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By 2020, Chicken will be the Most Consumed Meat in the World, Overtaking Pork

Al-Watania Saudi Arabia is the Middle East’s Largest Chicken Producer and Much More

After 9,000 Years as a Domesticated Animal, Consumption of Poultry has only Recently Taken Off.

 

ChickenRoosters raised for fighting are treated like royalty

The largest poultry producer in the Middle East, and among the top 40 in the world is Al-Watania Poultry.  The company began in 1977 in Qassim, Kingdom of Saudi Arabia.  The complex now extends to 200 hectares where the company produces 150 million birds and more than 350 million eggs a year.   All of its flock receive natural food and are processed in strict compliance with Islamic Law.

 

Consumption of Chicken on the Rise

 

By 2020, poultry is expected to overtake pork as the most consumed meat on the planet.  Per capita consumption has doubled since 1990.  It is easy to see why:  Chicken is cheaper than other meats, and its price advantage is increasing.  Chicken does not suffer from cultural or religious stigmas the way that pork and beef do in some parts of the world.  Chicken is easy to prepare and is uniformly tender.  It´s mild taste allows it to be integrated into practically any cuisine, and chicken is also available as a prepared or semi-prepared meal in many markets.

 

Chickens:  Long Domesticated but Rarely Eaten

 

Chickens are descended from birds found in the wild in India and eastern Asia, and seem to have been kept by humans for at least 9000 years, making them one of the earliest domesticated animals and possibly the earliest domesticated fowl.  They arrived in the Middle East perhaps 4000 years ago and in Europe much later.  Wherever early evidence of domesticated chickens has been found, there is very little indication that they were part of the diet.  Instead, until recently, chickens were kept for cockfighting and egg production.  It wasn’t until well into the twentieth century that commercial chicken production became an important industry.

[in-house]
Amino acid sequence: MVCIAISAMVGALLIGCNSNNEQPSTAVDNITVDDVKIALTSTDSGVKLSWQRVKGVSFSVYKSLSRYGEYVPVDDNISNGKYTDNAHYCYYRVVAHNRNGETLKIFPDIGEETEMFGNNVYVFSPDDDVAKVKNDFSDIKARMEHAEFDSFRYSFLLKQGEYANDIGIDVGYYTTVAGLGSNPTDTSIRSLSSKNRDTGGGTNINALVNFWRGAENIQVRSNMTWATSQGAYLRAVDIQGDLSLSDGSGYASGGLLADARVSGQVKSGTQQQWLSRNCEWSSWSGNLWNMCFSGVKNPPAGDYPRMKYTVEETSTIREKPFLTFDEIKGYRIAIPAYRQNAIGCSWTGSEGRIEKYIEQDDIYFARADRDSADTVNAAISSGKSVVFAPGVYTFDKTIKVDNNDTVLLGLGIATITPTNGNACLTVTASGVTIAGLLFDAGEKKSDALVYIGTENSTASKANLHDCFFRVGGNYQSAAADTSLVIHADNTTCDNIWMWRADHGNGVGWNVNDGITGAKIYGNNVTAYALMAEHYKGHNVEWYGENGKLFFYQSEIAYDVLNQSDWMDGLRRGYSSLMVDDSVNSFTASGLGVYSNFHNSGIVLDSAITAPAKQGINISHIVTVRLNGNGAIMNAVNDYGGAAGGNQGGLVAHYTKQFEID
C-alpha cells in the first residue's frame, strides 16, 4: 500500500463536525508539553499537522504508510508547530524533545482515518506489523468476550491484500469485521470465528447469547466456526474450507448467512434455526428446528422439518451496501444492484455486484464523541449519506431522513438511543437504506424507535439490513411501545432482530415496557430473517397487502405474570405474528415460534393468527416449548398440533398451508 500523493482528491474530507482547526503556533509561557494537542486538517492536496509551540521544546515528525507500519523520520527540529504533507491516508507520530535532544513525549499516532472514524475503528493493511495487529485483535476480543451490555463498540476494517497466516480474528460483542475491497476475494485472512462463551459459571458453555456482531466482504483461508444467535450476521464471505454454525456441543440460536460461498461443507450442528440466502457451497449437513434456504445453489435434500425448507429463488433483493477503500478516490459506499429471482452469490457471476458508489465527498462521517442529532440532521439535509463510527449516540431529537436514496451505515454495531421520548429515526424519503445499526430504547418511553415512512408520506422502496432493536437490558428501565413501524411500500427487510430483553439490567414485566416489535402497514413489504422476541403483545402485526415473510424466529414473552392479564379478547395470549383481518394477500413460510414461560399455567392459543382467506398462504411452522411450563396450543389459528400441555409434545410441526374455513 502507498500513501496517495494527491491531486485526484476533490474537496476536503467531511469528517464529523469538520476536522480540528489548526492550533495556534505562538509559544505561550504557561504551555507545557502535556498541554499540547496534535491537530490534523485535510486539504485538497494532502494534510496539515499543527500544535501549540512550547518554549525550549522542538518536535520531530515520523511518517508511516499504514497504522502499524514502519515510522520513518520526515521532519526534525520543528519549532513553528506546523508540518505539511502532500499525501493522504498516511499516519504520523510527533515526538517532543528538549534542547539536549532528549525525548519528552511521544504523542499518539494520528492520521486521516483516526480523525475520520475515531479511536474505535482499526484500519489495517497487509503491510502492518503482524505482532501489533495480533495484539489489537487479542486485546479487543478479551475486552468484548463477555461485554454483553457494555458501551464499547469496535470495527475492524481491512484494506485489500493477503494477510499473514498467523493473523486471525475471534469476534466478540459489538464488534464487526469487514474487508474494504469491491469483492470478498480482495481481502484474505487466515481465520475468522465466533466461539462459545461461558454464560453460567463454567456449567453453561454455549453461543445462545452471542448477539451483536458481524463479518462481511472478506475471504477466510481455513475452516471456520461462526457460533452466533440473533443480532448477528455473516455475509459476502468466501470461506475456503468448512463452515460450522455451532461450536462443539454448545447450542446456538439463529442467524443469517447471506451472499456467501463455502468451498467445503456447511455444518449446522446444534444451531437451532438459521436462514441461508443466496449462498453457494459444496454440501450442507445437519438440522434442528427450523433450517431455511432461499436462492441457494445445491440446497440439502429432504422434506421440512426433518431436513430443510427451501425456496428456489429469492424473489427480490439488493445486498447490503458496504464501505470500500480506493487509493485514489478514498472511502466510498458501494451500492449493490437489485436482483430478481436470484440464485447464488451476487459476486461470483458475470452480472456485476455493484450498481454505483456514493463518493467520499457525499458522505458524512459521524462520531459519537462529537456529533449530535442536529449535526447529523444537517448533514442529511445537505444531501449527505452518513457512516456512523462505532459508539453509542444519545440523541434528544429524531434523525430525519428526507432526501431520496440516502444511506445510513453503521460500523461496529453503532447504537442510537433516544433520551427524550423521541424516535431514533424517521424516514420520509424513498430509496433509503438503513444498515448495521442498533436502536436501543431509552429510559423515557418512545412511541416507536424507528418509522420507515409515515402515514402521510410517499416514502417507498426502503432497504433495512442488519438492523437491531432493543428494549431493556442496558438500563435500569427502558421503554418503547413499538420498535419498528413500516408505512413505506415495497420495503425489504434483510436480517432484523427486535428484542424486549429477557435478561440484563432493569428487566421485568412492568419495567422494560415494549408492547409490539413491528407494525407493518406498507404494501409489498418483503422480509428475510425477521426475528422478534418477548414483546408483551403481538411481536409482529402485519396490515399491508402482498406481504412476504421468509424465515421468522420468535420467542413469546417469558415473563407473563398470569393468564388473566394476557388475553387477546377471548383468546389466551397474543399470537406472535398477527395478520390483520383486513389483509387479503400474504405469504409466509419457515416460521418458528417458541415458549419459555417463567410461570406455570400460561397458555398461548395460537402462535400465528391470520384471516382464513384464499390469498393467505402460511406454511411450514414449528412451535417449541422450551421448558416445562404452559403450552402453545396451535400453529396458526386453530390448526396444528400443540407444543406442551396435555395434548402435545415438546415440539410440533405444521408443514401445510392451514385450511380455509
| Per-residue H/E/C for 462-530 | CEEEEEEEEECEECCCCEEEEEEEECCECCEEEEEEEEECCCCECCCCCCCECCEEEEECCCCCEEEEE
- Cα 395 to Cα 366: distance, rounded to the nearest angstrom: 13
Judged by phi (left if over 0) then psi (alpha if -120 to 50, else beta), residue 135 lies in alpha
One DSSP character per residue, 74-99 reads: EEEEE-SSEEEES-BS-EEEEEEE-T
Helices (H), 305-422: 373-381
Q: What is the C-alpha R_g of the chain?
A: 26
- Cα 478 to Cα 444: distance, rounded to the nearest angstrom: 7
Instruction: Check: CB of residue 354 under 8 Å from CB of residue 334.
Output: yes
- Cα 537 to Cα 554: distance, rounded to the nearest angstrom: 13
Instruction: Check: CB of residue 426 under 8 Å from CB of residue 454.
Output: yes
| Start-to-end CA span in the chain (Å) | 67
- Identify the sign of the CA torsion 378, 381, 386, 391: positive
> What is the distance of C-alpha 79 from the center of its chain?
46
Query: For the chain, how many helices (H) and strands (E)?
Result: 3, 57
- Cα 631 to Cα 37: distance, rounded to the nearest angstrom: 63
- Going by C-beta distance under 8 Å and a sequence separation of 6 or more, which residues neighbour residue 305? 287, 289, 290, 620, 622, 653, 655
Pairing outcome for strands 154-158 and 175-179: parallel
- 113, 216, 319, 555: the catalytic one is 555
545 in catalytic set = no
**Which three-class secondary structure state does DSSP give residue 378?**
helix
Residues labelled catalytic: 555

In the ancient world, from China to India to Greece and Rome and Iron Age Britain, pottery, mosaics and writings have been found describing chickens being kept as fighting birds, but not for food. Artificial spurs have been found in many sites, and the remains of the birds found tend to be disproportionately roosters.  Ancient cockfighting arenas have been found scattered all over the world.

 

Chickens were natural targets for domestication because of their docile, social nature and the fact that they don’t fly very well.  They also were willing to eat leftovers from the family meals, seeds, fruits and insects, making them easy to raise.  Chickens had the good luck to be domesticated by people who were far flung traders, so they came to be found in Mesopotamia, the Middle East and Egypt 4000 years ago.  The Egyptians eventually invented centers for artificial incubation and consumed their eggs, but only the Romans ate chicken on a relatively modest scale.  However, once the Roman Empire collapsed, chicken consumption virtually disappeared and for the next 1600 years people in the Old World preferred larger, more robust birds like turkeys, ducks and geese.

 

Roosters appear rather infrequently in our classical literature, and hens even less.  Perhaps the best known reference in Western traditions is the passage from three of the Gospels where Jesus tells Peter that the rooster will not crow until you have denied three times that you know Me.  Many weather vanes today have roosters on them as the result of a decree from the Pope that roosters should be placed on all church steeples to remind the faithful of the incident.